Nuts and Bolts of Effective Cover
by Linda Matias
As a job seeker, you shouldn’t overlook the importance of a cover letter. If
written strategically, a cover letter increases your chances for consideration,
and provides an opportunity to highlight your individuality.
A cover letter is much more than just a letter stating, “I read the job
announcement in Sunday’s classified, please accept this letter as an application
of interest”. It is a statement that tells the reader what they can expect from
you if hired.
The challenging part of writing a cover letter is determining what
information to include. After all, all the juicy information was included in the
resume. What could you possibly add to the cover letter that will add substance
to your qualifications?
Keep in mind that the resume and cover letter have different purposes. A
resume demonstrates that you can do the job, it highlights your past
accomplishments, while a cover letter points out the extent to which you match
the job requirements for a specific a company and how you will fit in.
A well-written cover letter gives you an advantage over your competition
because it provides another opportunity to showcase your experience and
Cover letter basics can be mastered by following the pointers below.
Sell! Sell! Sell!
A cover letter is more than just a business letter; it is a sales letter. Begin
with a strong introduction, layout the benefits you offer, and establish
credibility by showcasing your accomplishments.
Write as you speak.
The cover letter should have a professional conversational tone, but sound as
though a real person wrote it. Many people fall in the trap of using big word to
communicate their message. Instead, write in a straightforward manner that
entices the reader to review the resume. The words you choose should demonstrate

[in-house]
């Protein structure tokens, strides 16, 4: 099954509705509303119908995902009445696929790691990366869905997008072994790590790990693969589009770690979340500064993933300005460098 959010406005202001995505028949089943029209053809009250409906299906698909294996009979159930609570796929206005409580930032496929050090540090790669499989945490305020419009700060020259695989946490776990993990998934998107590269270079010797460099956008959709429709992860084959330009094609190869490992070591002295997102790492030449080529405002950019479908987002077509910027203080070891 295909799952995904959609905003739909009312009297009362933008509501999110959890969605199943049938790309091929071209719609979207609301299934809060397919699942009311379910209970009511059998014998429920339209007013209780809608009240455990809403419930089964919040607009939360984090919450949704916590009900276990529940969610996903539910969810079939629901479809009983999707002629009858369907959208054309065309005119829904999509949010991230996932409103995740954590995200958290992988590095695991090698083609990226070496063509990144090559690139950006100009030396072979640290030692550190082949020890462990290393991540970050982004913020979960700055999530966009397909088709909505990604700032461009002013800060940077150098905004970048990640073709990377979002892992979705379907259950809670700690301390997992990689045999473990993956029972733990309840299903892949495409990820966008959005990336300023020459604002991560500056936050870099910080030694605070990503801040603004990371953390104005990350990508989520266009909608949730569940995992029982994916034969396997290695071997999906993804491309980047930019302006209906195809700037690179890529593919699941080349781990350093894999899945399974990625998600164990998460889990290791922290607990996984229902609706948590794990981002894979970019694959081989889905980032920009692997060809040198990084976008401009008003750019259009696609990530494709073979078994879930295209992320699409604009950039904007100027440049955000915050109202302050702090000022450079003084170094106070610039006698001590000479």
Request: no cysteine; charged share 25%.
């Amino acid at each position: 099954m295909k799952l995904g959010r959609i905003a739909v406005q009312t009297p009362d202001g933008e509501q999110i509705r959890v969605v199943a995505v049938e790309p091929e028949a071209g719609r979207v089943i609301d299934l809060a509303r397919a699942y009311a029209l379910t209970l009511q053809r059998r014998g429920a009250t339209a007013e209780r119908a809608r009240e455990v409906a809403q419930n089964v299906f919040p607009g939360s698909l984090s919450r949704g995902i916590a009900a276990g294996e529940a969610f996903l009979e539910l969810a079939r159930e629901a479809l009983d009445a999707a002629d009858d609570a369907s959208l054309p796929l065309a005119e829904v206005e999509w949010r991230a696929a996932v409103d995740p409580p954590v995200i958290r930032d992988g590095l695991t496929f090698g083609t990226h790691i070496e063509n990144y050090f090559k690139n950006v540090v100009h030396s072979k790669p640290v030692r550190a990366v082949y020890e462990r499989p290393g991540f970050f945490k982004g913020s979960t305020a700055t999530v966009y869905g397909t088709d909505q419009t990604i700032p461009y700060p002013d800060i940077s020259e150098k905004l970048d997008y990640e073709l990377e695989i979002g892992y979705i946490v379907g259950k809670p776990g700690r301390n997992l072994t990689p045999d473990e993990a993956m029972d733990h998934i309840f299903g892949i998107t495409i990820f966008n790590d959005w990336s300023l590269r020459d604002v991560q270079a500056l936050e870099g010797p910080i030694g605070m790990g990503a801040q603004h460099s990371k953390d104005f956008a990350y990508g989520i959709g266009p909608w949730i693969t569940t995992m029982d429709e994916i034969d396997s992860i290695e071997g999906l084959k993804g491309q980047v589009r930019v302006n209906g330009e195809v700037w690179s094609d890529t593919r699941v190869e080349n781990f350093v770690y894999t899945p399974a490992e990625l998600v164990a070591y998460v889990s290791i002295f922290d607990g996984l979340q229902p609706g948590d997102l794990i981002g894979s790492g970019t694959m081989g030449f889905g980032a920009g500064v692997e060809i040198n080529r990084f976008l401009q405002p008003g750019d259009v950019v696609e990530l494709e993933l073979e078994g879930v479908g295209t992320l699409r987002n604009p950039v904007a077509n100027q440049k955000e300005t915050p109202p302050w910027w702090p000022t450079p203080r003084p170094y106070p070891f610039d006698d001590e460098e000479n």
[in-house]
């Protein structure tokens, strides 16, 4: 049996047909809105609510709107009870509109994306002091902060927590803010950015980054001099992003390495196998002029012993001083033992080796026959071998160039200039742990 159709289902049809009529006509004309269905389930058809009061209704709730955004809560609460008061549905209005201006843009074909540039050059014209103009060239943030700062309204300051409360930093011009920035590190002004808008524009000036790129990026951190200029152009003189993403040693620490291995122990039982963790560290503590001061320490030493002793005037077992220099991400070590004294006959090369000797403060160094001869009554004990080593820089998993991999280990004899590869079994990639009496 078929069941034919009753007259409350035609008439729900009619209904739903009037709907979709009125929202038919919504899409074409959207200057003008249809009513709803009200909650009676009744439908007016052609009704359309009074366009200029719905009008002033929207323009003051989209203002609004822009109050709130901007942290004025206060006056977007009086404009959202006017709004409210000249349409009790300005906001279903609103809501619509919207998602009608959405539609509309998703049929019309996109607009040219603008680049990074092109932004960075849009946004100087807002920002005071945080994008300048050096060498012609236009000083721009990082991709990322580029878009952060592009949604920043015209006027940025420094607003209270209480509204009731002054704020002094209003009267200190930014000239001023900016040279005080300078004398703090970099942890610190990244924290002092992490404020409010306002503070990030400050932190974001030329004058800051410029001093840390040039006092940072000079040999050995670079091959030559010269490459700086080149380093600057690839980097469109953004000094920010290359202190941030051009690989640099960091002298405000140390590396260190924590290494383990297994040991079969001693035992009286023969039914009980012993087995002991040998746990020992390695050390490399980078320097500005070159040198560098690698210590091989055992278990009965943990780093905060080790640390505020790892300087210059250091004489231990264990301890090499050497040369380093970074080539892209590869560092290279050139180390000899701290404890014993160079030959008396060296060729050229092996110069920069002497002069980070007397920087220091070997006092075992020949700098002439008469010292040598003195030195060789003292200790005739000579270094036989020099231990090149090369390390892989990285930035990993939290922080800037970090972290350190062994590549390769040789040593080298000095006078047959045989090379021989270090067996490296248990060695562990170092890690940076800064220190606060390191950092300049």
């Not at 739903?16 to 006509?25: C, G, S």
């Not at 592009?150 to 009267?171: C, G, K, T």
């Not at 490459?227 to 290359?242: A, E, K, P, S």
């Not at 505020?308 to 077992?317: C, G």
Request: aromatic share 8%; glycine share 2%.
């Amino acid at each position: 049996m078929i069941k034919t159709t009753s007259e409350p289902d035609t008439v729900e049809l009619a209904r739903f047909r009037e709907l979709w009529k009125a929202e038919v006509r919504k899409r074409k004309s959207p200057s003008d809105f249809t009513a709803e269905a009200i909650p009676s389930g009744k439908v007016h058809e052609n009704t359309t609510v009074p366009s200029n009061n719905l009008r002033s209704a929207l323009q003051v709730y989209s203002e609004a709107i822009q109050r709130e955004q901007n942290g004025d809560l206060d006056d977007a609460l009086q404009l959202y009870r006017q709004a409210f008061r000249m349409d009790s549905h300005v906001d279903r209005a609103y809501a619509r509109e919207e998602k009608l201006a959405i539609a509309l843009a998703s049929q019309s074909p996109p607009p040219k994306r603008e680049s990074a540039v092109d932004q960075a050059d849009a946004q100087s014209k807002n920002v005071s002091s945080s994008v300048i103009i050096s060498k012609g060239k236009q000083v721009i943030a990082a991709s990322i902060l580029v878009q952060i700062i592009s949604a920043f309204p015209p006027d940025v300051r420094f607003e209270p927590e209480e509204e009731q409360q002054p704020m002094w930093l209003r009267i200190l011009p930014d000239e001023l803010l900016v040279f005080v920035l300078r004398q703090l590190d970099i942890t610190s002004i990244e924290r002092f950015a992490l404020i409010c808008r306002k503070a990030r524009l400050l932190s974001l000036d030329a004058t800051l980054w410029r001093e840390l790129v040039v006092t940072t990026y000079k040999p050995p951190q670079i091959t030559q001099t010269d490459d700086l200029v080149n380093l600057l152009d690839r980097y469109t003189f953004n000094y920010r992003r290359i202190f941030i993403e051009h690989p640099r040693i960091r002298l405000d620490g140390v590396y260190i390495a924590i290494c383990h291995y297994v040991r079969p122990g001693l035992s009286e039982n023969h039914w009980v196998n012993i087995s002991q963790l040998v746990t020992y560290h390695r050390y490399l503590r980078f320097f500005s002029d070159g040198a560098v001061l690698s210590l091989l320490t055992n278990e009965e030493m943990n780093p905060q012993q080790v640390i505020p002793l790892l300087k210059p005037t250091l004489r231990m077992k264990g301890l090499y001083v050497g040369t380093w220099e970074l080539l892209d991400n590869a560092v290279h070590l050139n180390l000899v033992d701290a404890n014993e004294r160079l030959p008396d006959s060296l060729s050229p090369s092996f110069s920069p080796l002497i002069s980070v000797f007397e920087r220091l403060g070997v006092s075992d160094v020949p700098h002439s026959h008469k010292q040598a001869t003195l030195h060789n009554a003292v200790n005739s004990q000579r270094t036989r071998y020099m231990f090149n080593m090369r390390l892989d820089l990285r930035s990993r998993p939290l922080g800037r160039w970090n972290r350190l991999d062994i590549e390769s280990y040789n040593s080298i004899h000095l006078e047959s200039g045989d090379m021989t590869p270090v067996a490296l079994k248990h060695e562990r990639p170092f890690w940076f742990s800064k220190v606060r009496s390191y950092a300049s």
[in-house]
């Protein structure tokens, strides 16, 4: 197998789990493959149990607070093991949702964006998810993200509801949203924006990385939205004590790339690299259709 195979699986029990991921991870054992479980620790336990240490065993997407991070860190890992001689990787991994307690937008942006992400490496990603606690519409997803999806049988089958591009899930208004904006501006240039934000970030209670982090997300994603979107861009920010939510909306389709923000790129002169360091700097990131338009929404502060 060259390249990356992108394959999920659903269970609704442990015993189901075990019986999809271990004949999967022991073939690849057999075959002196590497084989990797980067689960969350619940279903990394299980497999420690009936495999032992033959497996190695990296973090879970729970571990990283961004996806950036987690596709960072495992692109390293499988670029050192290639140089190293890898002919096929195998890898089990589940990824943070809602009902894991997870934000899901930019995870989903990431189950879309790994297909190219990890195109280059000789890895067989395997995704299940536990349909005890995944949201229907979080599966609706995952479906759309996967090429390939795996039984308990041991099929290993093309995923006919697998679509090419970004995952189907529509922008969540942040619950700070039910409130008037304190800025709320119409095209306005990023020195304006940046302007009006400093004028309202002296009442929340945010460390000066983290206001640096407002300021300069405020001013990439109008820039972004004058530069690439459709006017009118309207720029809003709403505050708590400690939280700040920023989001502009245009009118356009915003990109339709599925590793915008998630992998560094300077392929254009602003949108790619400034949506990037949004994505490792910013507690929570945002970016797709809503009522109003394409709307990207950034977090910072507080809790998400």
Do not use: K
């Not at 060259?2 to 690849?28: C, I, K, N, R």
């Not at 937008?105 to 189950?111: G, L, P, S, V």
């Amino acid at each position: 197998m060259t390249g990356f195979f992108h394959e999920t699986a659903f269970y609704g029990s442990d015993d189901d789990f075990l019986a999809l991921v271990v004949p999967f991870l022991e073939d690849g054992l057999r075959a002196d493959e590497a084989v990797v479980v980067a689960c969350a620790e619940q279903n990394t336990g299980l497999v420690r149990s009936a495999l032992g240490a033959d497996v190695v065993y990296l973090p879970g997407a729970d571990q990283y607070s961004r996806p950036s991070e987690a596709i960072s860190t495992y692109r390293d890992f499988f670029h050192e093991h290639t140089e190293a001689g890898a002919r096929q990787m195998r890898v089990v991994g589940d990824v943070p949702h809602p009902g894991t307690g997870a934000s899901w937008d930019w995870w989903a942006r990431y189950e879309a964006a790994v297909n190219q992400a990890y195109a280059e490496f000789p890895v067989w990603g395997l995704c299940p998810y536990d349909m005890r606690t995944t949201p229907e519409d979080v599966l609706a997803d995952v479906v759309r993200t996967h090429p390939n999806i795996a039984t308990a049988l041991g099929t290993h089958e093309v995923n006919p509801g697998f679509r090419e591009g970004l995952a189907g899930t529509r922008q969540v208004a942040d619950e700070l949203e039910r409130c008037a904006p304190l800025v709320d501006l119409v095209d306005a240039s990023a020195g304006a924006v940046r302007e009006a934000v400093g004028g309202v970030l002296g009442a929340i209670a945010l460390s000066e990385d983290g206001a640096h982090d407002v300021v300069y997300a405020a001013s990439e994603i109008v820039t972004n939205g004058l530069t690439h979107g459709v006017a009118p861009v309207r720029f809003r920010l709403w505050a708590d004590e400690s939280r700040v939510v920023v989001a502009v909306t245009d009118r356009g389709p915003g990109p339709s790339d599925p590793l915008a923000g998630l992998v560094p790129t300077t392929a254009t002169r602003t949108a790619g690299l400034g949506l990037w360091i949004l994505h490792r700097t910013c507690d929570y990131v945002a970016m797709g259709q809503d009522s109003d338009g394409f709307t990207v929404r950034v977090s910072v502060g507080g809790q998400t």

enthusiasm for the position, company and industry.
Write from the reader’s perspective.
Action words should not be reserved for the resume. Begin each sentence with a
power word. Don’t use a passive voice. Avoid starting sentences with the word
“I.” Like the resume, the cover letter’s focus is on the hiring company, and
beginning too many sentences with “I” puts the spotlight too much on you.
Don’t rehash your resume.
Be creative when presenting your qualifications and accomplishments. You don’t
want to bore the reader by simply repeating the information you included in your
resume. Find different ways to communicate the same message. The best way to do
this is by selecting
three to five major selling points and highlighting them in the body of the
cover letter. Doing so will entice the reader to do more than just glance at
Ask for an interview.
Be proactive. In the last paragraph tell the reader that you will be contacting
him or her to setup a meeting time. After all, the purpose of applying for a job
is to be invited in for an interview, so don’t be shy, go for it.
You should use every tool at your disposal to secure an interview. Targeted
cover letters add to your portfolio of qualifications and deserve as much
consideration as a resume.
Linda Matias is President of CareerStrides and The
National Resume Writers' Association. She has been quoted in The Wall Street
Journal, New York Newsday, Newsweek, and HR-esource.com. Visit her website
or email her at firstname.lastname@example.org.